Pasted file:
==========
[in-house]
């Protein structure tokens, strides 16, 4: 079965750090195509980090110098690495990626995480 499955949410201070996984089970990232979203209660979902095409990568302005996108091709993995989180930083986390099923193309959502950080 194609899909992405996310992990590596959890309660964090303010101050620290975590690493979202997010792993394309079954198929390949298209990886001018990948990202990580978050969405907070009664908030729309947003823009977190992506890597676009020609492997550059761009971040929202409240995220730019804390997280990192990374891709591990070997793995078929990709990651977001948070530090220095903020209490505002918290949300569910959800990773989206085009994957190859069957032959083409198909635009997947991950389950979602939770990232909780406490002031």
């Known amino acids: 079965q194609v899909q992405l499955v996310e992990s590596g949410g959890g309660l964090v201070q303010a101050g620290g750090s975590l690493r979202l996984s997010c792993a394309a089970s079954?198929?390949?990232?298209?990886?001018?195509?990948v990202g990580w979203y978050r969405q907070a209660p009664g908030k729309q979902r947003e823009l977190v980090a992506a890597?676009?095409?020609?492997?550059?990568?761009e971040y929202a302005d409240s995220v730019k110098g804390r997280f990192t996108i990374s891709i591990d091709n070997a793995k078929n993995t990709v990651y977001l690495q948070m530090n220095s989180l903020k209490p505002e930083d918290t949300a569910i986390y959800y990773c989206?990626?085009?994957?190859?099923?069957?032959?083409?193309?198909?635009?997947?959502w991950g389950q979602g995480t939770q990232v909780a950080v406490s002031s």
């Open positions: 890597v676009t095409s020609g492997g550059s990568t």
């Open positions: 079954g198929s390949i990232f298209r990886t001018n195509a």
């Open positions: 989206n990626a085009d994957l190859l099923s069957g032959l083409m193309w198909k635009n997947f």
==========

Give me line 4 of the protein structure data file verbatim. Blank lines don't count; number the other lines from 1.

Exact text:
């Open positions: 890597v676009t095409s020609g492997g550059s990568t």